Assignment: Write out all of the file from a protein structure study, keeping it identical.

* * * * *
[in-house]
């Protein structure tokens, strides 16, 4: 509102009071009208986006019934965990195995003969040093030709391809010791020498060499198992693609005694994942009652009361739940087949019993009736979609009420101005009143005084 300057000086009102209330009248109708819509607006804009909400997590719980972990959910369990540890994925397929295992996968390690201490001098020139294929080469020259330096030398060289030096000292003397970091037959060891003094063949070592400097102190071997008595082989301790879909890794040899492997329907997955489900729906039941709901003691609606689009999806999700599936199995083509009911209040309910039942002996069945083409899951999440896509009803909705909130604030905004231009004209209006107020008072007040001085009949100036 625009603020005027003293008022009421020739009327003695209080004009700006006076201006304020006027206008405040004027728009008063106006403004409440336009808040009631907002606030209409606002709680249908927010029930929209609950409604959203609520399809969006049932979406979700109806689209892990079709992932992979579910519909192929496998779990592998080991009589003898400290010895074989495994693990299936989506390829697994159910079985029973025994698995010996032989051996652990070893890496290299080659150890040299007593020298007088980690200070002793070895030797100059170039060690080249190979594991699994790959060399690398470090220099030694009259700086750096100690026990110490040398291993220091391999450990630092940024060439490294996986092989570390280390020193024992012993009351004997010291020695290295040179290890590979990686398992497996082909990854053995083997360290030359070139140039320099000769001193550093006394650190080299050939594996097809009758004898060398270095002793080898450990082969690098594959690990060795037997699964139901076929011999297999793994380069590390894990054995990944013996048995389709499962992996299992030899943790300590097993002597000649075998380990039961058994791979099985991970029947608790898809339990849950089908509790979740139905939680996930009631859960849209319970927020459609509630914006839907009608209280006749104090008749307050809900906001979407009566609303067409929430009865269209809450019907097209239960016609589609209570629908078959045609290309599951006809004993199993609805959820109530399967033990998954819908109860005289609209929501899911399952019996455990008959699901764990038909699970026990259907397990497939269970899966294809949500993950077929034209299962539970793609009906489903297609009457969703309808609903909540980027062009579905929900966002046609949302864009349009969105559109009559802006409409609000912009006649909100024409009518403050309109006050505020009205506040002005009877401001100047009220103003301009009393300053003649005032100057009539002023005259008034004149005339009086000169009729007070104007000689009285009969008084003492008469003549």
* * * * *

[in-house]
């Protein structure tokens, strides 16, 4: 509102009071009208986006019934965990195995003969040093030709391809010791020498060499198992693609005694994942009652009361739940087949019993009736979609009420101005009143005084 300057000086009102209330009248109708819509607006804009909400997590719980972990959910369990540890994925397929295992996968390690201490001098020139294929080469020259330096030398060289030096000292003397970091037959060891003094063949070592400097102190071997008595082989301790879909890794040899492997329907997955489900729906039941709901003691609606689009999806999700599936199995083509009911209040309910039942002996069945083409899951999440896509009803909705909130604030905004231009004209209006107020008072007040001085009949100036 625009603020005027003293008022009421020739009327003695209080004009700006006076201006304020006027206008405040004027728009008063106006403004409440336009808040009631907002606030209409606002709680249908927010029930929209609950409604959203609520399809969006049932979406979700109806689209892990079709992932992979579910519909192929496998779990592998080991009589003898400290010895074989495994693990299936989506390829697994159910079985029973025994698995010996032989051996652990070893890496290299080659150890040299007593020298007088980690200070002793070895030797100059170039060690080249190979594991699994790959060399690398470090220099030694009259700086750096100690026990110490040398291993220091391999450990630092940024060439490294996986092989570390280390020193024992012993009351004997010291020695290295040179290890590979990686398992497996082909990854053995083997360290030359070139140039320099000769001193550093006394650190080299050939594996097809009758004898060398270095002793080898450990082969690098594959690990060795037997699964139901076929011999297999793994380069590390894990054995990944013996048995389709499962992996299992030899943790300590097993002597000649075998380990039961058994791979099985991970029947608790898809339990849950089908509790979740139905939680996930009631859960849209319970927020459609509630914006839907009608209280006749104090008749307050809900906001979407009566609303067409929430009865269209809450019907097209239960016609589609209570629908078959045609290309599951006809004993199993609805959820109530399967033990998954819908109860005289609209929501899911399952019996455990008959699901764990038909699970026990259907397990497939269970899966294809949500993950077929034209299962539970793609009906489903297609009457969703309808609903909540980027062009579905929900966002046609949302864009349009969105559109009559802006409409609000912009006649909100024409009518403050309109006050505020009205506040002005009877401001100047009220103003301009009393300053003649005032100057009539002023005259008034004149005339009086000169009729007070104007000689009285009969008084003492008469003549």